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Figure 1.4(c)

The term enhancement mode means that the voltage must be applied to the gate to create an inversion layer. For the MOS capacitor with a p-type substrate, a positive gate voltage must be applied to create the electron inversion layer; for the MOS capacitor with an n-type substrate, a negative gate voltage must be applied to create the hole inversion layer.

1.1.2 n-Channel Enhancement-Mode MOSFET Figure 1.5(a) shows a simplified cross section of a MOS field-effect transistor.

Figure 1.5(a)

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The gate, oxide, and p-type substrate regions are the same as those of a MOS capacitor. In addition, we now have two n-regions, called the source terminal and drain terminal. The current in a MOSFET is the result of the flow of charge in the inversion layer, also called the channel region, adjacent to the oxide-semiconductor interface. The channel length L and channel W are defined on the figure. The channel length of a typical integrated circuit MOSFET is less than 1 um (10-6 m), which means that MOSFETs are small devices. The oxide thicknes tox is typically on the order of 400 angstroms, or less. Figure 1.5(b) shows a more detailed cross section of a MOSFET fabricated into an integrated circuit configuration. A thick oxide, called the field oxide, is deposited outside the area in which the metal interconnect lines are formed. The gate material is usually heavily doped polysilicon.

Figure 1.5(b)

With zero bias applied to the gate, the source and drain terminals are separated by the p-region as shown in Figure 1.6(a). This is equivalent to two back-to-back diodes, as shown in Figure 1.6(b). The current in this case is essentially zero.

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Figure 1.6(a)

Figure 1.6(b)

If a large enough positive gate voltage is applied, an electron inversion layer is created at the oxide-semiconductor interface and this layer connects the n-source to the n-drain, as shown in Figure 1.6(c). A current can then be generated between the source and drain terminals.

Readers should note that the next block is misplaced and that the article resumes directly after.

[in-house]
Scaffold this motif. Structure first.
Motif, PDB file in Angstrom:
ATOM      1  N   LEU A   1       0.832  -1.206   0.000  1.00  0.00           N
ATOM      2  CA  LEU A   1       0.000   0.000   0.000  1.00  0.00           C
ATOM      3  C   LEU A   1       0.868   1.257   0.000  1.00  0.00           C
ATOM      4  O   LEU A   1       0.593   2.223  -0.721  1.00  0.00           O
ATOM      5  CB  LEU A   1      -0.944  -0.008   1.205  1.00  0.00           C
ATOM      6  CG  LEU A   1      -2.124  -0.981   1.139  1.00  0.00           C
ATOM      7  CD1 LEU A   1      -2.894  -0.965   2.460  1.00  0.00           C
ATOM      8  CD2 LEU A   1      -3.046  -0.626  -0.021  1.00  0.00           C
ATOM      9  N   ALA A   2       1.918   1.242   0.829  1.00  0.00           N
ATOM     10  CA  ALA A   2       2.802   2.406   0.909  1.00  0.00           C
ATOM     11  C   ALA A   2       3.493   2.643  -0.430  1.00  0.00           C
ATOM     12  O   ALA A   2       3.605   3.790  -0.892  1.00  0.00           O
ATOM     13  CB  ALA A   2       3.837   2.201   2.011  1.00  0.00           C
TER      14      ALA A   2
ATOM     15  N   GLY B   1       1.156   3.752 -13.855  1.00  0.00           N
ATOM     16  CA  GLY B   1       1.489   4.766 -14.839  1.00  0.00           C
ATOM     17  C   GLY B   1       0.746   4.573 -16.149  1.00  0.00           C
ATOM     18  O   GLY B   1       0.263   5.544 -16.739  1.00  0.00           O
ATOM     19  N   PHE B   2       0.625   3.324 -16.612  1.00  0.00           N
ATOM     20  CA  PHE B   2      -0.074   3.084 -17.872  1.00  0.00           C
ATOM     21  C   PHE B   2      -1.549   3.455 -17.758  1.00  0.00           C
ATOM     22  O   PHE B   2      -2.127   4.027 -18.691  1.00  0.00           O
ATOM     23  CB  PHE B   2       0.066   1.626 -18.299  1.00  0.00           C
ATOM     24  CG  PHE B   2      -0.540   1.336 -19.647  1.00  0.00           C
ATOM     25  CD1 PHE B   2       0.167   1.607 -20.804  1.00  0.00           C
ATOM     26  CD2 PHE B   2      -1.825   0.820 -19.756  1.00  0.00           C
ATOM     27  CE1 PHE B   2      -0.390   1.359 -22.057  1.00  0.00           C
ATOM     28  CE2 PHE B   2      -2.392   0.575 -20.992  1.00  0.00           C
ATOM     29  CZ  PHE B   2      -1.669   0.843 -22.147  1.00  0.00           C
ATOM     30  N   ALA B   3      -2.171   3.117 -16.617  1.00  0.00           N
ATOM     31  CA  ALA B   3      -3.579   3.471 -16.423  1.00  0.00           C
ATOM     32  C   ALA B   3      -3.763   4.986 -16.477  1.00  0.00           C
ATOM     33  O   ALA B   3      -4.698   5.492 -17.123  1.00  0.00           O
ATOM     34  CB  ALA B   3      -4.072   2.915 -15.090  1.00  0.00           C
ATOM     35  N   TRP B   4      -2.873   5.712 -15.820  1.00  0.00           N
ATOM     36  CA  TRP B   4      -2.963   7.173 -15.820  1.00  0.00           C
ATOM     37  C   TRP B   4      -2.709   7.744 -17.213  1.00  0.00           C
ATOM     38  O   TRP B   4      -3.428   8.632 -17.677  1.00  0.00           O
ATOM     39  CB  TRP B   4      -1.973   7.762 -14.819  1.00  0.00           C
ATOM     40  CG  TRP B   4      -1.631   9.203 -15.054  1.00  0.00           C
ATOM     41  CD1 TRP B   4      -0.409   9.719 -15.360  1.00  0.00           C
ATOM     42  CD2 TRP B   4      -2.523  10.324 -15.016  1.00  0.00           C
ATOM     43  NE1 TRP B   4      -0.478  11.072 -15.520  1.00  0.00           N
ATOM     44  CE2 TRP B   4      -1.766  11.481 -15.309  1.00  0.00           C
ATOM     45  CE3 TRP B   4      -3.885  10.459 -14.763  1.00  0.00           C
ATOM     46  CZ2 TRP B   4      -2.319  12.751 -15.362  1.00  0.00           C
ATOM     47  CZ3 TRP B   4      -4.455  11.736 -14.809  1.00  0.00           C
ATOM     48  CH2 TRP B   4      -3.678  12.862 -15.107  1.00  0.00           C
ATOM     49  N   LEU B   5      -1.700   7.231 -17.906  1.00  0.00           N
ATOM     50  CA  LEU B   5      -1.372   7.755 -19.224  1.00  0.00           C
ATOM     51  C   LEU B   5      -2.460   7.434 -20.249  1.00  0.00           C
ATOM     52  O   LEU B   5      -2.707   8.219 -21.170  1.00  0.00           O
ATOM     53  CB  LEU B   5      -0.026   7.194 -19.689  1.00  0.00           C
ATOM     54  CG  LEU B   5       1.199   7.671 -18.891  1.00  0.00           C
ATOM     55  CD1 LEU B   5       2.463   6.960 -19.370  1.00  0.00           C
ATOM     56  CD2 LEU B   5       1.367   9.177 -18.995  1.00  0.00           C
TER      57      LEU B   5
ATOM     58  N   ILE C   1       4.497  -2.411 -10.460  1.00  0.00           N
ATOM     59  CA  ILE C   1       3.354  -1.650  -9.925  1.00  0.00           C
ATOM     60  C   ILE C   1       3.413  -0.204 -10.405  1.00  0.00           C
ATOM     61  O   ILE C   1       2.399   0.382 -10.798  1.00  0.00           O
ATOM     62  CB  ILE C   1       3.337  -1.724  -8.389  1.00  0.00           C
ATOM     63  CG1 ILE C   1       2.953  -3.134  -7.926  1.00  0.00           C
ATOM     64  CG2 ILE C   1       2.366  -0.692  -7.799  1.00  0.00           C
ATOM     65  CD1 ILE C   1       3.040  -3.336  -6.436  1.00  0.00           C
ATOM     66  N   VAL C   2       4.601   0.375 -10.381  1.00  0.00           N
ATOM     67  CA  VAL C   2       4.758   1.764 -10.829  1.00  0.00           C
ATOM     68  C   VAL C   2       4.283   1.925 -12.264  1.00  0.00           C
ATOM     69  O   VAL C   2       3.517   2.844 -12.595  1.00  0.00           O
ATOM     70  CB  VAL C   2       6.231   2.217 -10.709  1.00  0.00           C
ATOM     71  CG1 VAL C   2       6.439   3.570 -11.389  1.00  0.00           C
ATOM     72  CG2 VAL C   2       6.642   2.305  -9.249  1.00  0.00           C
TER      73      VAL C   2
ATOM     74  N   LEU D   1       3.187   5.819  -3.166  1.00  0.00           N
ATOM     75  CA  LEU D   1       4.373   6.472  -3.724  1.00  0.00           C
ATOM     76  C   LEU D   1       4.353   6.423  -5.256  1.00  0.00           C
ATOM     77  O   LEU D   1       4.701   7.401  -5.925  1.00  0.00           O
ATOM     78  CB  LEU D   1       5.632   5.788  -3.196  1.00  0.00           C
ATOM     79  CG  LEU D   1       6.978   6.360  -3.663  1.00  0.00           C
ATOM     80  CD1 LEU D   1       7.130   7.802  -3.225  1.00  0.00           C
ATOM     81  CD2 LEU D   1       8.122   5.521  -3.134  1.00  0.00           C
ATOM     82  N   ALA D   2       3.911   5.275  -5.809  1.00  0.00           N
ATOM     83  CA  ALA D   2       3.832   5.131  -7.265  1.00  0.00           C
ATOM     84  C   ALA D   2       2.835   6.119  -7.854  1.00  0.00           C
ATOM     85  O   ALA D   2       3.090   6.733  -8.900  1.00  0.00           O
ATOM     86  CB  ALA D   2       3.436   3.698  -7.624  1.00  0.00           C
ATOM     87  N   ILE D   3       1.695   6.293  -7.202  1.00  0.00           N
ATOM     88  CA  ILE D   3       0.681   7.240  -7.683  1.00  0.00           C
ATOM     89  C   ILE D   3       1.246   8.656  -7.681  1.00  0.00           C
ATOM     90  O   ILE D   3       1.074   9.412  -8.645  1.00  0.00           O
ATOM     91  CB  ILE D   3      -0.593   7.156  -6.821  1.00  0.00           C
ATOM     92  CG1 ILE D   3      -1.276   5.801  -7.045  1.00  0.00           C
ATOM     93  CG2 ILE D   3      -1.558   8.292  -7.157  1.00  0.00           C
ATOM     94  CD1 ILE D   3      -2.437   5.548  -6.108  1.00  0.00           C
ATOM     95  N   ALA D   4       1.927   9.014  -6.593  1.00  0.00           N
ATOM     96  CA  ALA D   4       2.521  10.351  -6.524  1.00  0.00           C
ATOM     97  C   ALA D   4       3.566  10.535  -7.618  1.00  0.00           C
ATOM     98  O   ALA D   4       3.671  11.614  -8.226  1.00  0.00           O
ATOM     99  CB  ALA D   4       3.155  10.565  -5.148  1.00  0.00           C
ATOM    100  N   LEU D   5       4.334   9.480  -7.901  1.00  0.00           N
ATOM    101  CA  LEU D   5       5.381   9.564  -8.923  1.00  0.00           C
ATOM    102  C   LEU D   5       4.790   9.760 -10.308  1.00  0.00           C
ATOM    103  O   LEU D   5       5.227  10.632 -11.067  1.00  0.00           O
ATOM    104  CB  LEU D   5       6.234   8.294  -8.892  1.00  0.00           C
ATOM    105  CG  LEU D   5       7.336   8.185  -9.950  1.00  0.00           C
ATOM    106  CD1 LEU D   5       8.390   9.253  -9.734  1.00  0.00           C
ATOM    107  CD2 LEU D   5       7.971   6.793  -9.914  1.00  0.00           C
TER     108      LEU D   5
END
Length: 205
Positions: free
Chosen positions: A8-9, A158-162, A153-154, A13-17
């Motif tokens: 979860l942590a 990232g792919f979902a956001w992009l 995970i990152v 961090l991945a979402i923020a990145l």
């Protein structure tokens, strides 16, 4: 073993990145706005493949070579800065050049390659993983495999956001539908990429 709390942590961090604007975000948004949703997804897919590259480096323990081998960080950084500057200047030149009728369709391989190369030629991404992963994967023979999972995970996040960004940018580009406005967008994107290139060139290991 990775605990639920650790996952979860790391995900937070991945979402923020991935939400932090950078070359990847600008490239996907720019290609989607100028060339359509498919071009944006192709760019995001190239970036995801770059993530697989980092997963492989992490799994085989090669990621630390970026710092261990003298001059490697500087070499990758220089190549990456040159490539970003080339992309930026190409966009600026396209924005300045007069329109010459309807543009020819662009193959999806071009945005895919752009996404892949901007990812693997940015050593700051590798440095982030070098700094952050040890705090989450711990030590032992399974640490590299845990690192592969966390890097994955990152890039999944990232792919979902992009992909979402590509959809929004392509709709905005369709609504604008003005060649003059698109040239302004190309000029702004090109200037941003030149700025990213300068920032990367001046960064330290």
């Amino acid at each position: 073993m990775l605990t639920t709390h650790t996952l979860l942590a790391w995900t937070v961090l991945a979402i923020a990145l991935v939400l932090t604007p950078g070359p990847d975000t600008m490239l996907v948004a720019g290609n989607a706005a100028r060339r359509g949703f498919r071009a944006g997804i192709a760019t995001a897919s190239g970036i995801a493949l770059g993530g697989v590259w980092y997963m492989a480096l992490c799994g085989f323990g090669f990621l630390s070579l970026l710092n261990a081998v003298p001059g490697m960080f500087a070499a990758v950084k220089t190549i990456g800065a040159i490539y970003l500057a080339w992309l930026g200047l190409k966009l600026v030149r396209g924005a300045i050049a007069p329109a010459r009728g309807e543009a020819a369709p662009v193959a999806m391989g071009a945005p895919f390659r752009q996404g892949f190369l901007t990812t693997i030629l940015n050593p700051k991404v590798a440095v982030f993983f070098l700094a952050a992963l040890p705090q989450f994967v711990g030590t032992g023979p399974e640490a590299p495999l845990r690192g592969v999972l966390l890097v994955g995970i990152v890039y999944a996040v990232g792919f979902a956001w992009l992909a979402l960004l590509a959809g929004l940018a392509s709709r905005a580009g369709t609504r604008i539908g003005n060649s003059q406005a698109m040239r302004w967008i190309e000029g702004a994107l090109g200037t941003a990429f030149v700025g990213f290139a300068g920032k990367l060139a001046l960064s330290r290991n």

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Figure 1.6(c)

Since a voltage must be applied to the gate to create the inversion charge, this transistor is called an enhancement-mode MOSFET. Also, since the carriers in the inversion layer are electrons, this device is also called an n-channel MOSFET (NMOS). The source terminal supplies carriers that flow through the channel and the drain terminal allows the carriers to drain from the channel. For the NMOS, electrons flow from the source to the drain with an applied drain-to-source voltage, which means the conventional current enters the drain and leaves the source. The magnitude of the current is a function of the amount of charge in the inversion layer, which in turn is a function of the applied gate voltage. Since the gate terminal is separated from the channel by an oxide or insulator, there is no gate current. Similarly, since the channel and substrate are separated by a space-charge region, there is essentially no current through the substrate.

1.1.3 Ideal MOSFET Current-Voltage Characteristics The threshold voltage, VTH, of the n-channel MOSFET is defined as the applied voltage needed to create an inversion charge in which the density is equal to the concentration of majority carriers in the semiconductor substrate. Simply put, VTH can be thought of as the gate voltage required to turn on the transistor.

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For the n-channel enhancement-mode MOSFET, the threshold voltage is positive. If the gate voltage is less than the threshold voltage, the current in the device is essentially zero. If the gate voltage is greater than the threshold voltage, a drain-tosource current is generated as the drain-to-source voltage is applied. Figure 1.7(a) shows an n-channel enhancement-mode MOSFET with the source and substrate terminals connected to ground. The gate-to-source voltage is less than the threshold voltage, and there is a small drain-to-source voltage. With this bias configuration, there is no electron inversion layer, the drain-to-substrate pn junction is reversed biased, and the drain current is zero.

Figure 1.7(a)

Figure 1.7(b) shows the same MOSFET with an applied gate voltage greater than the threshold voltage. In this situation, an electron inversion layer is created and, when a small drain voltage is applied, electrons in the inversion layer flow from the source to the positive drain terminal. The conventional current enters the drain terminal and leaves the source terminal.

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Figure 1.7(b)

The iD versus vDS characteristics for small values of vDS is shown below in Figure 1.8.

Figure 1.8